We all come from different perspectives and experiences. It’s ok to disagree.

Mary Obileye, Business Analyst in the UK Client Experience team, added: “We all come from different perspectives and experiences. It’s ok to disagree. There are things everyone disagrees with. But it’s about having that openness to having a conversation. You can still have a conversation where two people disagree but it doesn’t have to be an argument, it can just be an open conversation.”

Whether this is facilitated through panel discussions and forums, employee-led groups or informal networking events, encouraging people to participate and share their points of view can create a sense of safety and belonging.

2. Condemn bad behaviour

At the same time, companies need to draw a clear line between open conversations and unacceptable behaviour in order for employees to feel safe and respected.

Teboho Thamae, product owner in South Africa and co-founder of the LGBTQ+ With Pride Network (SA), explained: “There’s a difference between disagreeing on social topics and disagreeing on a person’s actual identity. You can’t argue with me when I tell you I’m gender non-conforming or gay. If we’re talking about how society or Investec should approach certain things, that’s different, we can have our opinions. But I can’t tell anyone else who they are and the same should be afforded to me.”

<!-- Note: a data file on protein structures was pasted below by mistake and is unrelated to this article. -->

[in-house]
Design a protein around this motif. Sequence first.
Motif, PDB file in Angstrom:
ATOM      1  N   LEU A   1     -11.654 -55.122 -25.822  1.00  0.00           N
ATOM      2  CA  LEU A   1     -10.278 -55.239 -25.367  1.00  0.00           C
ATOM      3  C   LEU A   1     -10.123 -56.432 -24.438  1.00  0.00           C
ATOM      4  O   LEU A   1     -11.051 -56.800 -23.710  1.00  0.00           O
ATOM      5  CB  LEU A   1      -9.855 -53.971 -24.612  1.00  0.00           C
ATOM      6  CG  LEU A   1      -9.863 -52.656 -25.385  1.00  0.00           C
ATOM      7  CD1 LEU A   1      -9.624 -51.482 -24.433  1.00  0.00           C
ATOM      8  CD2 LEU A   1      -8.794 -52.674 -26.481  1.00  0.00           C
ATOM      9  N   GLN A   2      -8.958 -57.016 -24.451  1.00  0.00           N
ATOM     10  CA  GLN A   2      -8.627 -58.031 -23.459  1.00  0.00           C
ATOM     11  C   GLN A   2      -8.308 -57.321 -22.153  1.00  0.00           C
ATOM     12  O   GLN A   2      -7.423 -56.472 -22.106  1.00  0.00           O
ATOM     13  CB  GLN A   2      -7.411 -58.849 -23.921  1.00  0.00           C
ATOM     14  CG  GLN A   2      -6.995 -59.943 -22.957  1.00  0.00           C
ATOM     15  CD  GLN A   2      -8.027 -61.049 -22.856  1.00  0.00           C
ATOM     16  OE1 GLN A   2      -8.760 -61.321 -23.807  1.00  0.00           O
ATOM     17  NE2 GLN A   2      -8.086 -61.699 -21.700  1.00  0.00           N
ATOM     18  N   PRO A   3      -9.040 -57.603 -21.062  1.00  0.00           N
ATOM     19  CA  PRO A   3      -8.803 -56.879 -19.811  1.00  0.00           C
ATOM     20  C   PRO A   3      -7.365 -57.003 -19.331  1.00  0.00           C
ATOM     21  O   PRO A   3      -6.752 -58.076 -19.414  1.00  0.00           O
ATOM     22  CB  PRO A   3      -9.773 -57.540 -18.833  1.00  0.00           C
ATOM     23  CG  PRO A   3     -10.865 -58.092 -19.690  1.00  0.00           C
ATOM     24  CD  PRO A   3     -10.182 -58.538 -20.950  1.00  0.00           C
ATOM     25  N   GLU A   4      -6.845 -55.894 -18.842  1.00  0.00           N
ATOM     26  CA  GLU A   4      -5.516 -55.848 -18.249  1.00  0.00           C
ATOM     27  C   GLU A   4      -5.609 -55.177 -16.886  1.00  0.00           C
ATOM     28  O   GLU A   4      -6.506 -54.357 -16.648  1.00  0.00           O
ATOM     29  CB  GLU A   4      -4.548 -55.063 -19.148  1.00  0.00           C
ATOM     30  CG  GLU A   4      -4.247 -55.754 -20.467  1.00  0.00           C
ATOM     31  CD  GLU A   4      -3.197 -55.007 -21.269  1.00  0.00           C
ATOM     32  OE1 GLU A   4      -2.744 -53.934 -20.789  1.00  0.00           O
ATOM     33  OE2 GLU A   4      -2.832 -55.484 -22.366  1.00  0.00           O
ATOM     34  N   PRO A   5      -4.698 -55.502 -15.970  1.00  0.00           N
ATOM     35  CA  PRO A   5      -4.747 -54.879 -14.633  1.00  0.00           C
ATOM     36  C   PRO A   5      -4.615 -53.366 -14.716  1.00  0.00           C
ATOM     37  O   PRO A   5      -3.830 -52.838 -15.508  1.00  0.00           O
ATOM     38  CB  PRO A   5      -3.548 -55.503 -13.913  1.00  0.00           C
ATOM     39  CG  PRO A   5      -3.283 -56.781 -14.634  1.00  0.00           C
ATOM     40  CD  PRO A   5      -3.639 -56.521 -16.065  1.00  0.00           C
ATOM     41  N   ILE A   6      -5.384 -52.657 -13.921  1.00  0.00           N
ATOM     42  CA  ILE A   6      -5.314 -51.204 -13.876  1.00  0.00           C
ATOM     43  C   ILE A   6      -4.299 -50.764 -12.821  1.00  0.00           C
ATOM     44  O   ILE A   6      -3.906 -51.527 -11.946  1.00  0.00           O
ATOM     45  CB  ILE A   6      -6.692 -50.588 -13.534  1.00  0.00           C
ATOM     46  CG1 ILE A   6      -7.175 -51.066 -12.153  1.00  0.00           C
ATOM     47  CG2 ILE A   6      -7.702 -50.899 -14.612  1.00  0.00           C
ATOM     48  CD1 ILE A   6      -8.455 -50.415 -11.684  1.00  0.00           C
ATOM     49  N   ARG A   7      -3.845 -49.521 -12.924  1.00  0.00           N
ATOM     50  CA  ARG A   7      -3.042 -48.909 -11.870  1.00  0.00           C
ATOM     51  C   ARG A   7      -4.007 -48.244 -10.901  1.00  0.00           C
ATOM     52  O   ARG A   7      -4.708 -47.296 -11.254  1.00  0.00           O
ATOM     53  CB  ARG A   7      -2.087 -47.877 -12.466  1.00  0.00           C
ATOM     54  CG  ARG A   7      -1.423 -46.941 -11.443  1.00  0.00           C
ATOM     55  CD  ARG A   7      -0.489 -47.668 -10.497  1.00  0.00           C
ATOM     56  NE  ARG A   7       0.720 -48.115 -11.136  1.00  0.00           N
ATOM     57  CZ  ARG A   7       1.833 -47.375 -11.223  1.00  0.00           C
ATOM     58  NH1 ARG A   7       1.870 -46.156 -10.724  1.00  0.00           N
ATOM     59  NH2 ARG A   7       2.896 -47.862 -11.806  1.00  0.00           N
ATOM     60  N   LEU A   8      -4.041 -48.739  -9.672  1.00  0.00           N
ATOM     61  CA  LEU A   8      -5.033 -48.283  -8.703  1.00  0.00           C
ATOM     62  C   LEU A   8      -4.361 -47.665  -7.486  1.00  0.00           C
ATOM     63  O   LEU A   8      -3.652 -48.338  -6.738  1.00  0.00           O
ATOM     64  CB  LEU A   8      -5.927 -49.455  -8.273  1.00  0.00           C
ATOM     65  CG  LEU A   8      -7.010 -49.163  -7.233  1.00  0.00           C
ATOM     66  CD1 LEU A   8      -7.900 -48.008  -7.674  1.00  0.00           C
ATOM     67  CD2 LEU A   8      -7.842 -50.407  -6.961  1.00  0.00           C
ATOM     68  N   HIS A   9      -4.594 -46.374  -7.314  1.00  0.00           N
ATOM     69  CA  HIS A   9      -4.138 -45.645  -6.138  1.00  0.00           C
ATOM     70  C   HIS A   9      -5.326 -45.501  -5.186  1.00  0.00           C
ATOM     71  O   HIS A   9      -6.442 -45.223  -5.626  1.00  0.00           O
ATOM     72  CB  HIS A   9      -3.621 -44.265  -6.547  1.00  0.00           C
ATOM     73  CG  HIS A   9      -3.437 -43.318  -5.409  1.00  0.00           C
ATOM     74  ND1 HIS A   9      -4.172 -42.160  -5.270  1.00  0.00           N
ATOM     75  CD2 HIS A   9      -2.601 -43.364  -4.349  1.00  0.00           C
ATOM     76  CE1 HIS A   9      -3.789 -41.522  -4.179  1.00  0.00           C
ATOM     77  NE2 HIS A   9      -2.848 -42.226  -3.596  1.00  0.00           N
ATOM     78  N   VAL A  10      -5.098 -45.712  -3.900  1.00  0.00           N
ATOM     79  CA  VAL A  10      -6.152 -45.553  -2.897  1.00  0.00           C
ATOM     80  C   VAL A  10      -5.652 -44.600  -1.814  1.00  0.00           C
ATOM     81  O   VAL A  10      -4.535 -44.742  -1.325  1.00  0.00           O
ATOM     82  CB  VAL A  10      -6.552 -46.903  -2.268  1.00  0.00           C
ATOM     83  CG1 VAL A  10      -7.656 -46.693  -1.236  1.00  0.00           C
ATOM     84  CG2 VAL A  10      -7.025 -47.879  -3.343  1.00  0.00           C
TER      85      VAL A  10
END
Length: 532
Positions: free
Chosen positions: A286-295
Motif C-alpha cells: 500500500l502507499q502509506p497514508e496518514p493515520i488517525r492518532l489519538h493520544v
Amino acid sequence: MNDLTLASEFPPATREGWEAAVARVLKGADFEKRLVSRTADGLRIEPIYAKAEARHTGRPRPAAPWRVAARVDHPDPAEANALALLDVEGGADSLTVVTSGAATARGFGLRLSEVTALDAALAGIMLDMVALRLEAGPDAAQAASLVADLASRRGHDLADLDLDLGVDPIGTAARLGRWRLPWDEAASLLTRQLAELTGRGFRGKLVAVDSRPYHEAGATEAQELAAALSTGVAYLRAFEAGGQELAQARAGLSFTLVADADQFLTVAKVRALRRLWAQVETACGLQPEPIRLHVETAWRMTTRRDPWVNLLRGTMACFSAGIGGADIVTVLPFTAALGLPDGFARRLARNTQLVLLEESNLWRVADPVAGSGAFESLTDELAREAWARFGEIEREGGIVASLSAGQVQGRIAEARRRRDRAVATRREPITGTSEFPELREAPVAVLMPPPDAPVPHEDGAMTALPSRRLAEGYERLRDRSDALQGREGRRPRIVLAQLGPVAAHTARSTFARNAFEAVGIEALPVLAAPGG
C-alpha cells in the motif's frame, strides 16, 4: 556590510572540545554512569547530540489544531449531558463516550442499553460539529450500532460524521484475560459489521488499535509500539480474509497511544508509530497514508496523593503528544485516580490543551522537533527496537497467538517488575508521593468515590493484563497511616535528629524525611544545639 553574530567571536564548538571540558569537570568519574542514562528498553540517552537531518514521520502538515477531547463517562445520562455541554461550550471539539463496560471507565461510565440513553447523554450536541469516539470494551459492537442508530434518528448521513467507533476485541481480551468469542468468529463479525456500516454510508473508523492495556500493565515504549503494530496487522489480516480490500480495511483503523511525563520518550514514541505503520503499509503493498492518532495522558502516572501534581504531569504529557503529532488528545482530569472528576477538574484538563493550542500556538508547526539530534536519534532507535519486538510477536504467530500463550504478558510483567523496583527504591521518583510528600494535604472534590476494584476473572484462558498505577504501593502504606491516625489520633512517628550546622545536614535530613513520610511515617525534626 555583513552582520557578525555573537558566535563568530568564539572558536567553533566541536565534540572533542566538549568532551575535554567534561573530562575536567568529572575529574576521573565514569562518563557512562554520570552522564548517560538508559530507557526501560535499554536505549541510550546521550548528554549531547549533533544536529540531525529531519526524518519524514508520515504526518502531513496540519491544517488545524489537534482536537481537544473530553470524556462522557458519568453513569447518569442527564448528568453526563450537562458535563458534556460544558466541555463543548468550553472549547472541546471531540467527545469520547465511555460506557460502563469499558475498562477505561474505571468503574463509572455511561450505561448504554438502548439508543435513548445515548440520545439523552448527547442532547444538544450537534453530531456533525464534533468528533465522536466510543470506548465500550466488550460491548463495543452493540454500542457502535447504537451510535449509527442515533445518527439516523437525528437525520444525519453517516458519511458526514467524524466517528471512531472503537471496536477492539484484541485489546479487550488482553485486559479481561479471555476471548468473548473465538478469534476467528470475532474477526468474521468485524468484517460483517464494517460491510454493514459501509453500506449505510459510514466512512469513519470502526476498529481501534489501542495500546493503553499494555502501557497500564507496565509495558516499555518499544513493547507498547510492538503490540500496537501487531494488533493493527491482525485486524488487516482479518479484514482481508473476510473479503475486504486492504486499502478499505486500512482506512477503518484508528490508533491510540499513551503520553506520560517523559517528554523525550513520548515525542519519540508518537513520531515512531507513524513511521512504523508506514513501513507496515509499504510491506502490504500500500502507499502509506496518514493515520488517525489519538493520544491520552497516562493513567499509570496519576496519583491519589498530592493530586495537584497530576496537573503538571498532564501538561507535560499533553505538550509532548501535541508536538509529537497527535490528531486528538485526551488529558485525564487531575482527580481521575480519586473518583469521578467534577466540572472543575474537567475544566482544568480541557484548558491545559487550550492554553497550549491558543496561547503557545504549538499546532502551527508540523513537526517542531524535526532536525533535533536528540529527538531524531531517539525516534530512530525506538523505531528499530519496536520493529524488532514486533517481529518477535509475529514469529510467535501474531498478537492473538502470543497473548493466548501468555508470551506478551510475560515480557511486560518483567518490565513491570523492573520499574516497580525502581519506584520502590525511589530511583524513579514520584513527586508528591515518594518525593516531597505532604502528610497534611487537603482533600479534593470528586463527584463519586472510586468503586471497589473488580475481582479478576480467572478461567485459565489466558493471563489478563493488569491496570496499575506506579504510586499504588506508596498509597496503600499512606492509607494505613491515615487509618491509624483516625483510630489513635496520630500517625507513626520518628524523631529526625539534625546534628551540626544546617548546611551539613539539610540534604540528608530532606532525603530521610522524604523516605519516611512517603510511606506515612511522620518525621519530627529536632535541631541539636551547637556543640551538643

There needs to be clear and anonymous channels for reporting any discriminatory behaviour. Importantly, there also needs to be a culture of tolerance and of standing up for people. There is a reason why so many people are afraid to be themselves at work. Summers said: “In the right circumstances, 99% of people want to be out – why would you not? The only reason they are probably not is because of the circumstances and the environment, which means they feel that they can’t.”